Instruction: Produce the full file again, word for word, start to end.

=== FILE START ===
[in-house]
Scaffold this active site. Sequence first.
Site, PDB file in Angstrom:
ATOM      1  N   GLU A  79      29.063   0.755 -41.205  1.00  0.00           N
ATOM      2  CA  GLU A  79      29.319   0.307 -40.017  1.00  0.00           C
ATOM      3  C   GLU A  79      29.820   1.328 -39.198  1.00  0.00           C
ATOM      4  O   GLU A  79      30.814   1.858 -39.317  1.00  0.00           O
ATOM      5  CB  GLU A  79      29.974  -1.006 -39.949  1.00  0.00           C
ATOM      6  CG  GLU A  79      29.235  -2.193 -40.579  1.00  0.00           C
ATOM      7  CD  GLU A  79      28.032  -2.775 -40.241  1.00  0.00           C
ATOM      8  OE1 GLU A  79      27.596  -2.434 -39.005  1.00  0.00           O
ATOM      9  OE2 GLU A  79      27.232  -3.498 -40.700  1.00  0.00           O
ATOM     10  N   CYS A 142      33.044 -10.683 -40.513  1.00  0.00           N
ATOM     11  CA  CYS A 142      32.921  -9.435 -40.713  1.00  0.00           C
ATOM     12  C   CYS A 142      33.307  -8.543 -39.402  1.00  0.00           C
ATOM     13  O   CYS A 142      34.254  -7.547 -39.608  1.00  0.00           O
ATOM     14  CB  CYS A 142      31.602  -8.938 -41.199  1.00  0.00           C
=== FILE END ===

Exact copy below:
[in-house]
Scaffold this active site. Sequence first.
Site, PDB file in Angstrom:
ATOM      1  N   GLU A  79      29.063   0.755 -41.205  1.00  0.00           N
ATOM      2  CA  GLU A  79      29.319   0.307 -40.017  1.00  0.00           C
ATOM      3  C   GLU A  79      29.820   1.328 -39.198  1.00  0.00           C
ATOM      4  O   GLU A  79      30.814   1.858 -39.317  1.00  0.00           O
ATOM      5  CB  GLU A  79      29.974  -1.006 -39.949  1.00  0.00           C
ATOM      6  CG  GLU A  79      29.235  -2.193 -40.579  1.00  0.00           C
ATOM      7  CD  GLU A  79      28.032  -2.775 -40.241  1.00  0.00           C
ATOM      8  OE1 GLU A  79      27.596  -2.434 -39.005  1.00  0.00           O
ATOM      9  OE2 GLU A  79      27.232  -3.498 -40.700  1.00  0.00           O
ATOM     10  N   CYS A 142      33.044 -10.683 -40.513  1.00  0.00           N
ATOM     11  CA  CYS A 142      32.921  -9.435 -40.713  1.00  0.00           C
ATOM     12  C   CYS A 142      33.307  -8.543 -39.402  1.00  0.00           C
ATOM     13  O   CYS A 142      34.254  -7.547 -39.608  1.00  0.00           O
ATOM     14  CB  CYS A 142      31.602  -8.938 -41.199  1.00  0.00           C